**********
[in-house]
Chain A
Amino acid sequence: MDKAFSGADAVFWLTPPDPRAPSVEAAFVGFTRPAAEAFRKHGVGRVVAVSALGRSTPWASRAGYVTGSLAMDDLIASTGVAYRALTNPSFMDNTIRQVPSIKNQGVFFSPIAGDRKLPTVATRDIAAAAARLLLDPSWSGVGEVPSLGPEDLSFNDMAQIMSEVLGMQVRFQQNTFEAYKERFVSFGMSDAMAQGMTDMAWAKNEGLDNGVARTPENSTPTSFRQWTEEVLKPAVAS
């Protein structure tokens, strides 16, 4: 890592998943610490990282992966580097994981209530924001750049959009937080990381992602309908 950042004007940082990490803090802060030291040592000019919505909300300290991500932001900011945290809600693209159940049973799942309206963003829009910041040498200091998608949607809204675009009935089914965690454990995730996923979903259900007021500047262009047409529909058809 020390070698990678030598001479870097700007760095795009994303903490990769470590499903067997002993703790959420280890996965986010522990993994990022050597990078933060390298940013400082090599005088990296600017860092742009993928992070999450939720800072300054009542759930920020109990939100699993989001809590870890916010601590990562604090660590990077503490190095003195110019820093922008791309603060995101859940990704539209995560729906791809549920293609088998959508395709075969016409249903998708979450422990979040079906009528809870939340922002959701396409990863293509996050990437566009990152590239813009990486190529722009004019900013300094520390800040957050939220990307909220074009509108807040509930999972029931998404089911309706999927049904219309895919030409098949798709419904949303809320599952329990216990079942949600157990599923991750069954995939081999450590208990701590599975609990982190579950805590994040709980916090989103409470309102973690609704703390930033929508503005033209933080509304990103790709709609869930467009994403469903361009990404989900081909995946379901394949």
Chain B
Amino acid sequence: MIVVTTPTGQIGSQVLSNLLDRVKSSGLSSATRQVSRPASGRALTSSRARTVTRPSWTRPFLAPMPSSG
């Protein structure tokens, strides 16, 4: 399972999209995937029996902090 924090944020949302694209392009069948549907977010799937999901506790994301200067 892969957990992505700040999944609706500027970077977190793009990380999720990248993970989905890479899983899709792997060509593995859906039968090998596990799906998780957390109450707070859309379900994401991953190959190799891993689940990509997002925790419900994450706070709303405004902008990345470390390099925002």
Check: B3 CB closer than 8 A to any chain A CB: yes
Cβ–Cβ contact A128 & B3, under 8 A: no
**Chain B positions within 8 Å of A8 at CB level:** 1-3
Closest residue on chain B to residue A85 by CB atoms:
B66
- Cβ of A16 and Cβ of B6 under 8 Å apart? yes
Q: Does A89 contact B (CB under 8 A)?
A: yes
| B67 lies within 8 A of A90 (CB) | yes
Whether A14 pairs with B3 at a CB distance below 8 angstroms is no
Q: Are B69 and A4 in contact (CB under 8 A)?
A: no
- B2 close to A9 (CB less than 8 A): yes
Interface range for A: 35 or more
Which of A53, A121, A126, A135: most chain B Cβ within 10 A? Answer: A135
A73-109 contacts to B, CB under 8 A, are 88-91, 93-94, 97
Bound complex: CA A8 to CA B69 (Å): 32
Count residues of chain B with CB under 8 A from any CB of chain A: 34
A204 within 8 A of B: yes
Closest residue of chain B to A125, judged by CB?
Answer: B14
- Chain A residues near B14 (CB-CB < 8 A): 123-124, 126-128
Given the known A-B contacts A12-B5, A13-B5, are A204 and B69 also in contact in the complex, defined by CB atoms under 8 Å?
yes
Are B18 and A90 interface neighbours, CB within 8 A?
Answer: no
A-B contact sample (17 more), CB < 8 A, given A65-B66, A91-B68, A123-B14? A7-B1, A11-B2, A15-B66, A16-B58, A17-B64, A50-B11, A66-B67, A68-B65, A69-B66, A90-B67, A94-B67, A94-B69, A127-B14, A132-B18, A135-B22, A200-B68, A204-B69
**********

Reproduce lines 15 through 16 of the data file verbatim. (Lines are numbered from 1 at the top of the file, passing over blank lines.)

A: yes
| B67 lies within 8 A of A90 (CB) | yes